By Heidi Simmons
Some books read like dreams while others are about dreams. The Vegetarian by Han Kang (Hogarth, 188 pages) is a nightmare and a reawakening.
The story begins with the narration of the protagonist, Yeong-hye’s husband, who does not understand his wife. Yet, he doesn’t mind because she cooks, cleans and is available for sex when he wants it. But one day his wife announces she has become a vegetarian and throws out all the animal products in the house. [Yeong-hye is not just a vegetarian, she is a vegan eating only vegetable products, no eggs, meat or fish.] She’ll only say her decision was because of a dream she had.
Yeong-hye tells her husband that he can eat meat whenever he wants but only outside of their home. When he takes his wife to a work-related formal dinner, she briefly becomes the center of attention when the boss notices Yeong-hye is not eating much of the 20 course meal.
Her husband, embarrassed and at his wits-end with his wife, calls Yeong-hye’s parents and sister to do something about her eating habits. Yeong-hye has lost weight and she is not taking care of the house or doing her husband’s laundry anymore. Her family apologizes for their daughter and plan an intervention at her sister, In-hye’s house.
The intervention does not go well. Yeong-hye’s father loses his temper, hits her and forces her mouth open to shove pork down her gullet. Yeong-hye spits it out and takes a paring knife and slices her wrist. Yeong-hye’s brother-in-law grabs her and takes her to the hospital where her husband commits her to a sanitarium. Yeong-hye’s husband quickly divorces her.
After being released, Yeong-hye lives with In-hye and her brother-in-law. An artist, he is attracted to her skinny, androgynous form. She agrees to be part of his visual-art video project and he paints flowers and vines over her naked body. Yeong-hye likes the body art and doesn’t wash it off. When he can’t find a male to paint as an artistic match for Yeong-hye, her bother-in-law fills in. Unfortunately, In-hye discovers the two after they have painted body sex.
Yeong-hye is committed again to the sanatarium; only this time it’s worse. She believes she is a tree and will not take any nourishment but will only absorb the sun, air and water. In-hye, now divorced, tries to save her sister, but it may be too late.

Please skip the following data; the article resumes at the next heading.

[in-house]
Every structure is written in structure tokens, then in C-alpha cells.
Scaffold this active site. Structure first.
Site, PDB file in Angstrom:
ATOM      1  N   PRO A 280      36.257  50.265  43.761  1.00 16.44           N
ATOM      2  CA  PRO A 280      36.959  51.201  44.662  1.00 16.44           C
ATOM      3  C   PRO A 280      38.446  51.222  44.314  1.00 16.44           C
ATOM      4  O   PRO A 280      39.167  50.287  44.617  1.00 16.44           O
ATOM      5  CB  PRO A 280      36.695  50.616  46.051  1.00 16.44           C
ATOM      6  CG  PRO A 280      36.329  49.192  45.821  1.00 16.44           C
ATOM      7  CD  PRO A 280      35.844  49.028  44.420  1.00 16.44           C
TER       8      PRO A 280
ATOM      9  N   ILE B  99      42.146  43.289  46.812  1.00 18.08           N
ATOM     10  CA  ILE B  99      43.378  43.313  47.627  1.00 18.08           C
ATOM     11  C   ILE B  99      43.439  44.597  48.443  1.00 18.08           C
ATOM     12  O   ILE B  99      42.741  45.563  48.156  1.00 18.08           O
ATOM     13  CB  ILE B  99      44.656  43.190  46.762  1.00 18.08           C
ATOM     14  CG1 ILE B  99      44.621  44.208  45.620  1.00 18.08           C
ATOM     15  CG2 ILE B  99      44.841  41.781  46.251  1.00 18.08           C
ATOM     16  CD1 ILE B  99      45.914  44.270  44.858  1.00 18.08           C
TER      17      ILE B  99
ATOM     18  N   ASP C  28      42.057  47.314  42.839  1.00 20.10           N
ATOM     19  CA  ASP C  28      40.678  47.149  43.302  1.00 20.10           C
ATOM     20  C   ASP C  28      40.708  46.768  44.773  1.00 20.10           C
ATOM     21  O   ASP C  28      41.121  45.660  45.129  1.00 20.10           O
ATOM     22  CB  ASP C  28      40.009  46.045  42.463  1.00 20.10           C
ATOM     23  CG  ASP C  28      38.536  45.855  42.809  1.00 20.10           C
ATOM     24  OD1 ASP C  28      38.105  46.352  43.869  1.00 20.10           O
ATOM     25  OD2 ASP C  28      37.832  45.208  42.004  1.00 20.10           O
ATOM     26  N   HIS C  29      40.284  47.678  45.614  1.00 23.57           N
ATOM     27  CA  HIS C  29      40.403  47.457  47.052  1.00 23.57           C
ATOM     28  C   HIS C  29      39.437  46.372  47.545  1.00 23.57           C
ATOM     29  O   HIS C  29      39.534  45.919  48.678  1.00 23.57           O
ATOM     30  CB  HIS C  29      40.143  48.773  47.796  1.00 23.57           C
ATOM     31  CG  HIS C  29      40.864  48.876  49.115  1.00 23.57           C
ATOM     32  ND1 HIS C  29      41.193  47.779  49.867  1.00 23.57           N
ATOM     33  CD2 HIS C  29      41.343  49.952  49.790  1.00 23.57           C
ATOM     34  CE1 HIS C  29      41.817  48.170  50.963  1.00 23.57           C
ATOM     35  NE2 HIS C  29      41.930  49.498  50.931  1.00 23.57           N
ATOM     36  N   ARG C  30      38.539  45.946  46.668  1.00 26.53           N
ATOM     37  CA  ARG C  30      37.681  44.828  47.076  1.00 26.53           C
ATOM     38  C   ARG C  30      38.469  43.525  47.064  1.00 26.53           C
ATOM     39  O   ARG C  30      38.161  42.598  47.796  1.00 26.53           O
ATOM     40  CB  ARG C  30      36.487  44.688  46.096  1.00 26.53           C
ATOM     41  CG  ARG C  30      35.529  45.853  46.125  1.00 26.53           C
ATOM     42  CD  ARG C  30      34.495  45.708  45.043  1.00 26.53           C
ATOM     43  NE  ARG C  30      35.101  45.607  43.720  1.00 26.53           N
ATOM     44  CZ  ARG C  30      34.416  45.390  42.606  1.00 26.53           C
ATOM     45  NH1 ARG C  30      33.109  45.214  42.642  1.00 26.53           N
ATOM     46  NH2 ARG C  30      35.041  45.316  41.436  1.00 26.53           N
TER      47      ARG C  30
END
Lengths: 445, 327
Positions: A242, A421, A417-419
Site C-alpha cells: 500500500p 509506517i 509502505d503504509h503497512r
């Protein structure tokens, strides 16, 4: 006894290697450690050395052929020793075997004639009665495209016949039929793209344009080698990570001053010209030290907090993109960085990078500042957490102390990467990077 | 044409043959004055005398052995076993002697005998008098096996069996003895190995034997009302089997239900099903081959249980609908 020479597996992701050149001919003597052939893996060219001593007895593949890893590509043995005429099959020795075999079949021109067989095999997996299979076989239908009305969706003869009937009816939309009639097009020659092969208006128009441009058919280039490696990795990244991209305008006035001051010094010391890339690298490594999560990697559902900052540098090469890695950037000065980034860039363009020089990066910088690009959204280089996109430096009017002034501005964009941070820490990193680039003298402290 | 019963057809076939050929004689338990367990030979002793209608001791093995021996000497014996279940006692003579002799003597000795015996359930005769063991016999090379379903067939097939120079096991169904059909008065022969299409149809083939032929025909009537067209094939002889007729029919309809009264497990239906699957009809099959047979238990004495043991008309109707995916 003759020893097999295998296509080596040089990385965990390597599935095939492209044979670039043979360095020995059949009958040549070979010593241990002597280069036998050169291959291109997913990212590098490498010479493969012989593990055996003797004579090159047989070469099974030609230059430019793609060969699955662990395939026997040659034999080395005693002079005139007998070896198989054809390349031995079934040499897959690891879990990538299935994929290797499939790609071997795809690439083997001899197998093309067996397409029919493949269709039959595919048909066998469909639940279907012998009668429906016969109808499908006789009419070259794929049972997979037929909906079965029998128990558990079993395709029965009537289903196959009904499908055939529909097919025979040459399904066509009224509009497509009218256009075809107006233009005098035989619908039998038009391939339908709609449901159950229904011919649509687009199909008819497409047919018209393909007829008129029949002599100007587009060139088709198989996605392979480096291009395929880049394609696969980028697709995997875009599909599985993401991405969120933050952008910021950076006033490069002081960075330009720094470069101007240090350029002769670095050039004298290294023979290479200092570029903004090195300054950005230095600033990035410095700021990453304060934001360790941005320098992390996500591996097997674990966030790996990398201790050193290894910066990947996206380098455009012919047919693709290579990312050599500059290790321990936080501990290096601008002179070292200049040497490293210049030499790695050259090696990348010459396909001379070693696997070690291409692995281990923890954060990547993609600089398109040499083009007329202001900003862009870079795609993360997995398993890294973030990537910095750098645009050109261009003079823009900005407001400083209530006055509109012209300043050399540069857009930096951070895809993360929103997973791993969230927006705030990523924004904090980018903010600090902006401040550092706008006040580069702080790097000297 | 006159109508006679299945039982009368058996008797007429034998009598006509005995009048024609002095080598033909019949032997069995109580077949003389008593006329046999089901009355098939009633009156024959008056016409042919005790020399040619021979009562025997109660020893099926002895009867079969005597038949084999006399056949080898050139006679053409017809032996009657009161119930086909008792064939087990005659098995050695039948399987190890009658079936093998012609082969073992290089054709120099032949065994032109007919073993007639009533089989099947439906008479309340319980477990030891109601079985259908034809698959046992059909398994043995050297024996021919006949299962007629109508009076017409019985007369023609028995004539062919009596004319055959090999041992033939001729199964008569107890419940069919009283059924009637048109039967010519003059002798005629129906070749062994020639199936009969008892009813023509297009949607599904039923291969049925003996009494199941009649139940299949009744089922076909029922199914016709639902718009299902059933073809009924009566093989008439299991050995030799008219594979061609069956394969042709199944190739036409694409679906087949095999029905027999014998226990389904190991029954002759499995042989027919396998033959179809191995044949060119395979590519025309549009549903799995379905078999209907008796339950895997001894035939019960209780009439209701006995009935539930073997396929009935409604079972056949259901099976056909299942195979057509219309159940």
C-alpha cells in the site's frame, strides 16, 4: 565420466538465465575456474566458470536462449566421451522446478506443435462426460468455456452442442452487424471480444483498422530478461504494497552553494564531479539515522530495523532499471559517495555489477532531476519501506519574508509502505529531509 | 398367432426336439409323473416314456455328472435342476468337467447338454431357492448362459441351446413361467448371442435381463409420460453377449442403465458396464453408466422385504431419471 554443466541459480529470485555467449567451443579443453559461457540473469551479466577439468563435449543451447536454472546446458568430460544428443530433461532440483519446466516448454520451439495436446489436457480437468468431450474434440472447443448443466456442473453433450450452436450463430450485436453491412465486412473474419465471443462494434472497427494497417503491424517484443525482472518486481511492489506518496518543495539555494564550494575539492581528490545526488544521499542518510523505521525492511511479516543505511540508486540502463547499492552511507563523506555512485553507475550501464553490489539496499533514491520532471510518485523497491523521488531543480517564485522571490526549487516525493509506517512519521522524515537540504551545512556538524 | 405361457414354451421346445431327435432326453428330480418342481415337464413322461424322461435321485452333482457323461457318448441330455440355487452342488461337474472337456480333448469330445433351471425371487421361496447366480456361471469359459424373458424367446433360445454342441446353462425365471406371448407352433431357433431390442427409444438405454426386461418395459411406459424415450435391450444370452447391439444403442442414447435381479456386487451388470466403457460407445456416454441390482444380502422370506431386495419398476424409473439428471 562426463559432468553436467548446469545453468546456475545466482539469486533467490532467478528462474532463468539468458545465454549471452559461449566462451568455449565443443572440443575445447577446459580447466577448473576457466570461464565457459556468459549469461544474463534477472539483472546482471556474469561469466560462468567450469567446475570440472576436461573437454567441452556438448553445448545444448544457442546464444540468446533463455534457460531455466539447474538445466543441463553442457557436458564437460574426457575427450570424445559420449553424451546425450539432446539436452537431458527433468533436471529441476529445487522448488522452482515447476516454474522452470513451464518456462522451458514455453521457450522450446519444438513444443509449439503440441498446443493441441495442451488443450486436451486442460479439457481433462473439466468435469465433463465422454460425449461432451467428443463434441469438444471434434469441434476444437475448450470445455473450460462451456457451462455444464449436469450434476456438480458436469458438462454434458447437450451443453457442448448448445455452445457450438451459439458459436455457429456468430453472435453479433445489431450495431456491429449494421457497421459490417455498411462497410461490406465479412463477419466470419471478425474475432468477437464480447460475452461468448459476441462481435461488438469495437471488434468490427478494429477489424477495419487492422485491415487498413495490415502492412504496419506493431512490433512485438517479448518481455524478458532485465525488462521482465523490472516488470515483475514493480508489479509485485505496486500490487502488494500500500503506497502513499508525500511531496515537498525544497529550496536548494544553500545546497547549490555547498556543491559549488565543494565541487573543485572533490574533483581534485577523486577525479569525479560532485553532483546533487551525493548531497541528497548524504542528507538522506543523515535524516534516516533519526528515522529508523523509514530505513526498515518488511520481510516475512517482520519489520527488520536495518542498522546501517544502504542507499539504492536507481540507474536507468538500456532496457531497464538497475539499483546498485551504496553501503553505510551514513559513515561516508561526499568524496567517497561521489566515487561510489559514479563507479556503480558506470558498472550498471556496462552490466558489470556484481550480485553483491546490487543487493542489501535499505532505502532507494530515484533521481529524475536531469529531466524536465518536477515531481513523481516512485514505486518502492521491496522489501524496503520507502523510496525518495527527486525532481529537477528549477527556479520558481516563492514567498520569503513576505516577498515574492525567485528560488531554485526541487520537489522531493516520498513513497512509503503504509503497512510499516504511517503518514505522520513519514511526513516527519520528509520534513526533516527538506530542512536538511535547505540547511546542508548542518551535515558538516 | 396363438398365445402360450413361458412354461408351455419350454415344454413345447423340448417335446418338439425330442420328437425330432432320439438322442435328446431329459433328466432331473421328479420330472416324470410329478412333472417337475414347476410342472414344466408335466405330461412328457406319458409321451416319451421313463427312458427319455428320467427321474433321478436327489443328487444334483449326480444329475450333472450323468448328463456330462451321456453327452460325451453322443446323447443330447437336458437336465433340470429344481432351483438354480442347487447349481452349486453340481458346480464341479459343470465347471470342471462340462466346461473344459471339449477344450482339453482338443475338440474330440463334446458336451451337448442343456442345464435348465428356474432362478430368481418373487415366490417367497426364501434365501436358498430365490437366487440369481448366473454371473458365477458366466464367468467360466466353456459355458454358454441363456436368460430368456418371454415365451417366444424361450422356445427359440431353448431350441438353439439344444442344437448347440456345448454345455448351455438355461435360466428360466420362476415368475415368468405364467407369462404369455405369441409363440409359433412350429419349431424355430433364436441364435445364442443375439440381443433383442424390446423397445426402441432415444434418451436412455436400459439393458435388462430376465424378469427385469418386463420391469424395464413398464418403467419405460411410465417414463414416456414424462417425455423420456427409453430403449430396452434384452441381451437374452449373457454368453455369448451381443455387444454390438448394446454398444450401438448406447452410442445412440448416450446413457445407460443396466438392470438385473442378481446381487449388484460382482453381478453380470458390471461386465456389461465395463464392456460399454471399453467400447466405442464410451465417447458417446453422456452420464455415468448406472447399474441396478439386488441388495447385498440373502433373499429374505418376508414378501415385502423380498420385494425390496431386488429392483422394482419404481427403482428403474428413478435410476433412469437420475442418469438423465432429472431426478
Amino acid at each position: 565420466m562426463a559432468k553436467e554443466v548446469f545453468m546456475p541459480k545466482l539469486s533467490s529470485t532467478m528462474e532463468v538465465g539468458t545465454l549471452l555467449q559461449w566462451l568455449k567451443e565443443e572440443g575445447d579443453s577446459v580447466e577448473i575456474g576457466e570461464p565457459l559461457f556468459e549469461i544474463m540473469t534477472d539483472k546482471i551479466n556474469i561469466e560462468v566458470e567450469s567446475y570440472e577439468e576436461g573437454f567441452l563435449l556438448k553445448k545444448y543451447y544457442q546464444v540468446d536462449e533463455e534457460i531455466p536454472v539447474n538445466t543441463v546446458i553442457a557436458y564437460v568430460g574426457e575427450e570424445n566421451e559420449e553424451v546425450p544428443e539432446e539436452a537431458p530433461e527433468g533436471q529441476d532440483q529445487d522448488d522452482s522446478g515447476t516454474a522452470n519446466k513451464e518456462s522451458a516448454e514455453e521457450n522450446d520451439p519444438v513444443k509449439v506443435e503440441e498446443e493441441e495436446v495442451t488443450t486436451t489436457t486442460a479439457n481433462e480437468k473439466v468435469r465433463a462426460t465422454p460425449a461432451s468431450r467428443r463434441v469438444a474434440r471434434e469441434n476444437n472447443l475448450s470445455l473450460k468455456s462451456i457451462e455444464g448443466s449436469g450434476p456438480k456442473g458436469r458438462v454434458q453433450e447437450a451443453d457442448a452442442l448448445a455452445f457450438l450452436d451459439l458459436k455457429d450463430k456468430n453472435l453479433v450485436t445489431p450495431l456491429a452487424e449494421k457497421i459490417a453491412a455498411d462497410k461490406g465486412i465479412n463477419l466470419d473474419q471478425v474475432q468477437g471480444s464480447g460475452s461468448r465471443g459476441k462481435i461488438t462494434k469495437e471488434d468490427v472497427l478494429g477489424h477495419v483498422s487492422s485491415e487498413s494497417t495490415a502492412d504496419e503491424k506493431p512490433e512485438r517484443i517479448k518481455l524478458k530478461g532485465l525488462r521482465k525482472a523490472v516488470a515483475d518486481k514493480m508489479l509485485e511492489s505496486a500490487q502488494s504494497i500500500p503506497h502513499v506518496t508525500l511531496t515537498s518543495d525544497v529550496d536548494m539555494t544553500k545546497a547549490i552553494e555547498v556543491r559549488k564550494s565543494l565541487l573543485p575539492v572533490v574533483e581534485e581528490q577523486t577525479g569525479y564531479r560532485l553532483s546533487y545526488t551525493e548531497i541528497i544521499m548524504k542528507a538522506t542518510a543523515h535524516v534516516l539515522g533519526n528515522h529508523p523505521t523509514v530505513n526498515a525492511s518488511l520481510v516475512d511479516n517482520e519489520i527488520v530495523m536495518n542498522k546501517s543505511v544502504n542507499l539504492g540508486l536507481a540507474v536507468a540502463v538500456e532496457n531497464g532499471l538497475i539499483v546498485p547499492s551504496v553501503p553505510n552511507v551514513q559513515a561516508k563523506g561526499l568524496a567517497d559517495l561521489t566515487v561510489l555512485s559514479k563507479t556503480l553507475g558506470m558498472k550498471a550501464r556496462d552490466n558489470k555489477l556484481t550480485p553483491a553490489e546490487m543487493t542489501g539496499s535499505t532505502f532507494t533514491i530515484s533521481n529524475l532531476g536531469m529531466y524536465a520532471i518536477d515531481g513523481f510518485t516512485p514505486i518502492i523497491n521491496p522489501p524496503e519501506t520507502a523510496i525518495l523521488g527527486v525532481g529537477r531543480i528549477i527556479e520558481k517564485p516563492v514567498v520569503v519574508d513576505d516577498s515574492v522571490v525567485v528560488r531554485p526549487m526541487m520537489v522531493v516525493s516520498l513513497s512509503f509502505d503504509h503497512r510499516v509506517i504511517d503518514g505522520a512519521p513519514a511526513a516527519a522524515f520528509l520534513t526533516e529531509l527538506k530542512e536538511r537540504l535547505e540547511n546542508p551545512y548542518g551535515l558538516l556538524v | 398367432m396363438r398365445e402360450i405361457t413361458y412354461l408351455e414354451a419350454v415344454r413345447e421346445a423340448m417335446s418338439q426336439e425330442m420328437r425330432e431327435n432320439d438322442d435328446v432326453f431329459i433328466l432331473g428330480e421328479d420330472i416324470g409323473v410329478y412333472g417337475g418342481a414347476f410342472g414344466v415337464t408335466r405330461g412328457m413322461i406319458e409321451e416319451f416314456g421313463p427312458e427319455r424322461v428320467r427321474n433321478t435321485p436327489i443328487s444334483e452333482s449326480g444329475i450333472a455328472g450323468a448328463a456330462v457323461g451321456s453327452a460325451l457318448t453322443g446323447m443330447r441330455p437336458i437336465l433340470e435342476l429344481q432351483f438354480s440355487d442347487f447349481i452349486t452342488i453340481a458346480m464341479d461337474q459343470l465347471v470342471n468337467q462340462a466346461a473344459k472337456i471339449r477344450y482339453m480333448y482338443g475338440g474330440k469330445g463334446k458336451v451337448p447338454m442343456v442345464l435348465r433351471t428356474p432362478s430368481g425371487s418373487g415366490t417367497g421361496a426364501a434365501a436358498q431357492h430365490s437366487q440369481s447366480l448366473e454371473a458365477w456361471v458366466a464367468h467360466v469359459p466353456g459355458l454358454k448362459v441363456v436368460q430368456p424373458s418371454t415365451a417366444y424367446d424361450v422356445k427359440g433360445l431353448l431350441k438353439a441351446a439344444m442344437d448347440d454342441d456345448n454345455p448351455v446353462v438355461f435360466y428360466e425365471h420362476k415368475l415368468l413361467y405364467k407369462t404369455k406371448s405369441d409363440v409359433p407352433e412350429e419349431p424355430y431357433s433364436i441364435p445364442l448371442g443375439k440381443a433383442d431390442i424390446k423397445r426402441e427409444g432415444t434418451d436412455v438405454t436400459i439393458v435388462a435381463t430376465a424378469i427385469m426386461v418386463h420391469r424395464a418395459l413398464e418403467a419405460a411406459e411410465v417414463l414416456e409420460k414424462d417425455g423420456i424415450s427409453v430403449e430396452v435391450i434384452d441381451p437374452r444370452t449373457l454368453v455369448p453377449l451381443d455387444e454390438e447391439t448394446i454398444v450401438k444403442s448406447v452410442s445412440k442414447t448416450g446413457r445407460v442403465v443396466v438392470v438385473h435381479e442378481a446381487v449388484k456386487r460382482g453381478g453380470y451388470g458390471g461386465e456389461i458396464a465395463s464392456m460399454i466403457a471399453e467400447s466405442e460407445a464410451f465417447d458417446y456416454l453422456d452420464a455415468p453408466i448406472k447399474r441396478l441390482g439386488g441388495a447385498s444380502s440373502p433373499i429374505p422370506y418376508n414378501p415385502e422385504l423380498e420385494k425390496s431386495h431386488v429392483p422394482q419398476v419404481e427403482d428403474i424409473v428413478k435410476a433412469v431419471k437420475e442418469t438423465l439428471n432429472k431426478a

Author Kang is South Korean and the story was translated by Deborah Smith. As far as I can tell, Smith does a beautiful job. The story is fluid and often poetic. Of all the different narrators, the protagonist, Yeong-hye, never tells her own story. Her husband, sister and brother-in-law tell it.
However, Yeong-hye’s dreams are scattered throughout the text and they are dark and violent images. Through the dreams, the reader is given insight to the possible reasons she won’t eat meat. But at one point in the story, Yeong-hye says that all the animals she ever ate are a growing tumor in her abdomen and that she thought if she stopped eating meat, the tumor would die.
The most redeeming character is Yeong-hye’s sister In-hye who comes to an understanding about Yeong-hye’s condition: She’s not just anorexic, she’s crazy. With all the cultural shame and family humiliation, In-hye believes her sister’s struggle for independence and freedom has made her insane.
There is a dream-like quality to The Vegetarian. There is also a Kafkaesque feel in tone and attitude, but I did not find a lurking metaphor or obvious allegory within the pages. Perhaps it was lost in cultural translation.
At its heart, this is a sad tale about an abused woman who becomes a vegetarian, loses touch with reality and then suffers from anorexia nervosa. There is a valuable lesson In-hye learns from her sister’s tragic life. In-hye begins to experience her own independence and freedom. In-hye realizes she has only existed and now she must live. This discovery may be what saves her sister as well. The ending is left up to the reader.
Author Kang lives in South Korea and is a participant in the Iowa Writer’s Workshop. Her talents show in this work. The Vegetarian is skillfully executed and that makes this odd little story strangely engaging and meaningful.